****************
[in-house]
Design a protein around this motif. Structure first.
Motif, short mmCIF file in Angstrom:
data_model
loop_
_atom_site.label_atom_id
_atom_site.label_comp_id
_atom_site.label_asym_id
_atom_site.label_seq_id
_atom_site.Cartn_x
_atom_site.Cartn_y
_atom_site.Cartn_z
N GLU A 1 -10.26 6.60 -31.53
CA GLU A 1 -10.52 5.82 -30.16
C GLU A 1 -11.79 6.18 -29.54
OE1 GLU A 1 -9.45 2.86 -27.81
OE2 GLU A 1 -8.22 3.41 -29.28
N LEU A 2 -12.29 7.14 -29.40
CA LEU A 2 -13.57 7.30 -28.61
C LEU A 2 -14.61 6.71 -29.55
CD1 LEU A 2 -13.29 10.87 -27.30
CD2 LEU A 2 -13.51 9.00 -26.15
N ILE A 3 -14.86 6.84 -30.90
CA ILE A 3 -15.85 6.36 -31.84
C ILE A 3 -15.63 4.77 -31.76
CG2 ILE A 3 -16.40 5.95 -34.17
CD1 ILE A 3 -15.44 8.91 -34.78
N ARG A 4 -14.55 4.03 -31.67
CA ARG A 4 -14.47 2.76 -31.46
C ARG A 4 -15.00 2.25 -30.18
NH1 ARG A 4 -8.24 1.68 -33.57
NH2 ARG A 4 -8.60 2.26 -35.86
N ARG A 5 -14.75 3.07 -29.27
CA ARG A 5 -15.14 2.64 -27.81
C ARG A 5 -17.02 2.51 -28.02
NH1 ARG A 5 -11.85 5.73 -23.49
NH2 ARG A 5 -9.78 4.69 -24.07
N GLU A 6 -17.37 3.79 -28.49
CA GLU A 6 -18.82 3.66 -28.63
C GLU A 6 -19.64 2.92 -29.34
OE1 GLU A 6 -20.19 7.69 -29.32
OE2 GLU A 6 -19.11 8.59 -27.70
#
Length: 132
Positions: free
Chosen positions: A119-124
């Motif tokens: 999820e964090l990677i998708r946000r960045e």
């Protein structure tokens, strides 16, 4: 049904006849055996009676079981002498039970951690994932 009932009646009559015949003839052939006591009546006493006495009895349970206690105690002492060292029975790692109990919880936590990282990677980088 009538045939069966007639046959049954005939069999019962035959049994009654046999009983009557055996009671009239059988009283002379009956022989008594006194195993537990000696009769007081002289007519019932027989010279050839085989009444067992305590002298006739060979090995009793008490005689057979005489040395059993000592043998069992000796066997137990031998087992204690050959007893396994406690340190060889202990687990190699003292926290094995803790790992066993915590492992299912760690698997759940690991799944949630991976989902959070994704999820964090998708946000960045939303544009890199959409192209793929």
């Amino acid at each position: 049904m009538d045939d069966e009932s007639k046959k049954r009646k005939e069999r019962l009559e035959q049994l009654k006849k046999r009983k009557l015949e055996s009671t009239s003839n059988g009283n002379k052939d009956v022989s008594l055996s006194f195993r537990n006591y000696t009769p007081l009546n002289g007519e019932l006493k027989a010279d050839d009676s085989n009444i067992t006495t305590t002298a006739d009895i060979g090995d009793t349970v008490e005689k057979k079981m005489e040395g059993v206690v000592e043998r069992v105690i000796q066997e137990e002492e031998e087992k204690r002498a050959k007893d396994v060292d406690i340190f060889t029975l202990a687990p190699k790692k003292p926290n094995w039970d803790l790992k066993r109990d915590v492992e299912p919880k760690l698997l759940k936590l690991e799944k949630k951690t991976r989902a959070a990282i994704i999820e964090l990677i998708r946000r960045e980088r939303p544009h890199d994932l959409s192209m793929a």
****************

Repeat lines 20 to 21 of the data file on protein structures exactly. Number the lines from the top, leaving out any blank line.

C LEU A 2 -14.61 6.71 -29.55
CD1 LEU A 2 -13.29 10.87 -27.30